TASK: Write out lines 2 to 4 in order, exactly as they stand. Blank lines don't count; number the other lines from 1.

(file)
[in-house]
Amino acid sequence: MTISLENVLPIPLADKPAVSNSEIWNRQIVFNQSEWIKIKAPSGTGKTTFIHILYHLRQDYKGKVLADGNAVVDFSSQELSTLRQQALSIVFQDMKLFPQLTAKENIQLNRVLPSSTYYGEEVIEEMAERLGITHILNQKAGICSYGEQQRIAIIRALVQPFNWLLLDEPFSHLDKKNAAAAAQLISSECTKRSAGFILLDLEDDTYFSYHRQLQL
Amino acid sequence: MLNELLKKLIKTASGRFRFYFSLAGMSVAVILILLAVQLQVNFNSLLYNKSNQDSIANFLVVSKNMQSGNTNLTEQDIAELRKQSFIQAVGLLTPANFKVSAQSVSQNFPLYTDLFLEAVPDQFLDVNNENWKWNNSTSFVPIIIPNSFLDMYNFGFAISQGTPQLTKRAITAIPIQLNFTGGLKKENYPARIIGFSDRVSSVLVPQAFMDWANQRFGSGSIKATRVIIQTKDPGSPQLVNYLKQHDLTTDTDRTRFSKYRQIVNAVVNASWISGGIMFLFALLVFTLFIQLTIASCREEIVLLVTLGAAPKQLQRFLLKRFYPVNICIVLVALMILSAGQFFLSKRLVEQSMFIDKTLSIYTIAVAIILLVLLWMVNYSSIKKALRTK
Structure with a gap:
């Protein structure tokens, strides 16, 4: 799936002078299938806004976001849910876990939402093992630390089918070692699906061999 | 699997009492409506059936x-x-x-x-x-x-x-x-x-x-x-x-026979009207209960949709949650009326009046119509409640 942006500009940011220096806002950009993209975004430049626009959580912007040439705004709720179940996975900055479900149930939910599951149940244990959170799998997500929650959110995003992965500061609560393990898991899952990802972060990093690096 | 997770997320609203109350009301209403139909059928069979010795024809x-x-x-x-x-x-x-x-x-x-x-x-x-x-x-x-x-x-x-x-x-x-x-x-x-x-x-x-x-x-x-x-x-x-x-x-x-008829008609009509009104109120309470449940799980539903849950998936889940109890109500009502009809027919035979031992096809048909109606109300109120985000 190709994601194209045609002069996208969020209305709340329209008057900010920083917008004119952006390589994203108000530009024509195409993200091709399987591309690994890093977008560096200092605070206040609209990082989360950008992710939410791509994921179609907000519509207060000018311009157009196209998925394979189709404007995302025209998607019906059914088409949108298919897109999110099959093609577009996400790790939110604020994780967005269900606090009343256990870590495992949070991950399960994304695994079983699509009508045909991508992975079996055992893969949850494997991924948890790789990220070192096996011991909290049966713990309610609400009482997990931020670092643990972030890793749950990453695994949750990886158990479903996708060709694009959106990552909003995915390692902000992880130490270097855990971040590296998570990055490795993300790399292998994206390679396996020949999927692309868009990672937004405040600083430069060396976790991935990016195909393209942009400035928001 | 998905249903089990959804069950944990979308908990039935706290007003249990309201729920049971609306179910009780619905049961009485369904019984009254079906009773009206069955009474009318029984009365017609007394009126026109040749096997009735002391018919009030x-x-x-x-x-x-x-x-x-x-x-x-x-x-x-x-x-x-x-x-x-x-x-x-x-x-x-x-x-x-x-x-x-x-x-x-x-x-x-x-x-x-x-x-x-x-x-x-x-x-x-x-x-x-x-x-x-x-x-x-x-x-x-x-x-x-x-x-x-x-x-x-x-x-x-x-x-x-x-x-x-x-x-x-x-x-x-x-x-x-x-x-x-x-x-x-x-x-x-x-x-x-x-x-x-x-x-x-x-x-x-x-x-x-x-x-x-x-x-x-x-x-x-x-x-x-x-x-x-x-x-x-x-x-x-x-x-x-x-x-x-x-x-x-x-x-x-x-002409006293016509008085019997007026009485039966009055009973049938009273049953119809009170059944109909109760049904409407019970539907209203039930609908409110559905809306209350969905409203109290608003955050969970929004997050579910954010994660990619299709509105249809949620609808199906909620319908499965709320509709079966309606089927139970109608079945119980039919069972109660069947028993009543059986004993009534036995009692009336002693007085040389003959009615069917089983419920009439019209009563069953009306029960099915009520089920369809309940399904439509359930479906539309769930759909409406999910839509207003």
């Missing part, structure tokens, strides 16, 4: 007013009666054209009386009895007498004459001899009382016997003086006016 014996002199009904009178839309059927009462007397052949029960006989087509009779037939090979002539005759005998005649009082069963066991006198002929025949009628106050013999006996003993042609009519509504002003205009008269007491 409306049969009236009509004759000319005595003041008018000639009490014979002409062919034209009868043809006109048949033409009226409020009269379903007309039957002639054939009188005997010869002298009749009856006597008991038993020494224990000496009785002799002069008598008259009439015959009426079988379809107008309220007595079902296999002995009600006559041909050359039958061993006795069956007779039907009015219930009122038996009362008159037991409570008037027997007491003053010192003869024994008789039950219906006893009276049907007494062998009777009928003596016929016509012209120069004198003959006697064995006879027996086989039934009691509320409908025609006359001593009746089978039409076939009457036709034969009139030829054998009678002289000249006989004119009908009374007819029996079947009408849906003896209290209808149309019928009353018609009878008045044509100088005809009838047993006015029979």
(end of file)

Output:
Amino acid sequence: MTISLENVLPIPLADKPAVSNSEIWNRQIVFNQSEWIKIKAPSGTGKTTFIHILYHLRQDYKGKVLADGNAVVDFSSQELSTLRQQALSIVFQDMKLFPQLTAKENIQLNRVLPSSTYYGEEVIEEMAERLGITHILNQKAGICSYGEQQRIAIIRALVQPFNWLLLDEPFSHLDKKNAAAAAQLISSECTKRSAGFILLDLEDDTYFSYHRQLQL
Amino acid sequence: MLNELLKKLIKTASGRFRFYFSLAGMSVAVILILLAVQLQVNFNSLLYNKSNQDSIANFLVVSKNMQSGNTNLTEQDIAELRKQSFIQAVGLLTPANFKVSAQSVSQNFPLYTDLFLEAVPDQFLDVNNENWKWNNSTSFVPIIIPNSFLDMYNFGFAISQGTPQLTKRAITAIPIQLNFTGGLKKENYPARIIGFSDRVSSVLVPQAFMDWANQRFGSGSIKATRVIIQTKDPGSPQLVNYLKQHDLTTDTDRTRFSKYRQIVNAVVNASWISGGIMFLFALLVFTLFIQLTIASCREEIVLLVTLGAAPKQLQRFLLKRFYPVNICIVLVALMILSAGQFFLSKRLVEQSMFIDKTLSIYTIAVAIILLVLLWMVNYSSIKKALRTK
Structure with a gap: